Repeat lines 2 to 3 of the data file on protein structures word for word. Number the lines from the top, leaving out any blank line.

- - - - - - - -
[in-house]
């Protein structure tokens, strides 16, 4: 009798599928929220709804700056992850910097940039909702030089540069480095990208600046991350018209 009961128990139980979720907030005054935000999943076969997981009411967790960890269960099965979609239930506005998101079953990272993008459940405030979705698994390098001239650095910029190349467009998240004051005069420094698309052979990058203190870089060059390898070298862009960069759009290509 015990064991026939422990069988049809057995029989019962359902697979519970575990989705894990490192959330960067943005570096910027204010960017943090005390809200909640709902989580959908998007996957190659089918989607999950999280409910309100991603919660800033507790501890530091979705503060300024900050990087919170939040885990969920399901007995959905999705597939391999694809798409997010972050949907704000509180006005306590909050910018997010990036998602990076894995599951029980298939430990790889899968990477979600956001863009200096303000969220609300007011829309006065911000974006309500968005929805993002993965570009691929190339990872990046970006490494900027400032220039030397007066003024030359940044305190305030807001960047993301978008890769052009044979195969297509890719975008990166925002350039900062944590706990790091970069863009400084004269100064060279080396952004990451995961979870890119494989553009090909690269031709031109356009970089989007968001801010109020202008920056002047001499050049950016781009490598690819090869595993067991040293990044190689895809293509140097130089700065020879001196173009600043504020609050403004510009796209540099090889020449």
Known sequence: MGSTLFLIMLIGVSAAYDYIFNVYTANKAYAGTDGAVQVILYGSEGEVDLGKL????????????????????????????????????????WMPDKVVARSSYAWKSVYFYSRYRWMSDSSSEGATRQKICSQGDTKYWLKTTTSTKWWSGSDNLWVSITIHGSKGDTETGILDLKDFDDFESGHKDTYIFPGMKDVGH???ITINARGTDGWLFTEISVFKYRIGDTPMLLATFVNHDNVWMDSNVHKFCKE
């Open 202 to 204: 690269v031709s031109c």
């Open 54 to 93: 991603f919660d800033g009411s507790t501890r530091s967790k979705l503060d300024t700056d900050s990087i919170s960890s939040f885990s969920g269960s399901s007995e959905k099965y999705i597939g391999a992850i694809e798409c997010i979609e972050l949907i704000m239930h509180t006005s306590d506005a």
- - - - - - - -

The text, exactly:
């Protein structure tokens, strides 16, 4: 009798599928929220709804700056992850910097940039909702030089540069480095990208600046991350018209 009961128990139980979720907030005054935000999943076969997981009411967790960890269960099965979609239930506005998101079953990272993008459940405030979705698994390098001239650095910029190349467009998240004051005069420094698309052979990058203190870089060059390898070298862009960069759009290509 015990064991026939422990069988049809057995029989019962359902697979519970575990989705894990490192959330960067943005570096910027204010960017943090005390809200909640709902989580959908998007996957190659089918989607999950999280409910309100991603919660800033507790501890530091979705503060300024900050990087919170939040885990969920399901007995959905999705597939391999694809798409997010972050949907704000509180006005306590909050910018997010990036998602990076894995599951029980298939430990790889899968990477979600956001863009200096303000969220609300007011829309006065911000974006309500968005929805993002993965570009691929190339990872990046970006490494900027400032220039030397007066003024030359940044305190305030807001960047993301978008890769052009044979195969297509890719975008990166925002350039900062944590706990790091970069863009400084004269100064060279080396952004990451995961979870890119494989553009090909690269031709031109356009970089989007968001801010109020202008920056002047001499050049950016781009490598690819090869595993067991040293990044190689895809293509140097130089700065020879001196173009600043504020609050403004510009796209540099090889020449």
Known sequence: MGSTLFLIMLIGVSAAYDYIFNVYTANKAYAGTDGAVQVILYGSEGEVDLGKL????????????????????????????????????????WMPDKVVARSSYAWKSVYFYSRYRWMSDSSSEGATRQKICSQGDTKYWLKTTTSTKWWSGSDNLWVSITIHGSKGDTETGILDLKDFDDFESGHKDTYIFPGMKDVGH???ITINARGTDGWLFTEISVFKYRIGDTPMLLATFVNHDNVWMDSNVHKFCKE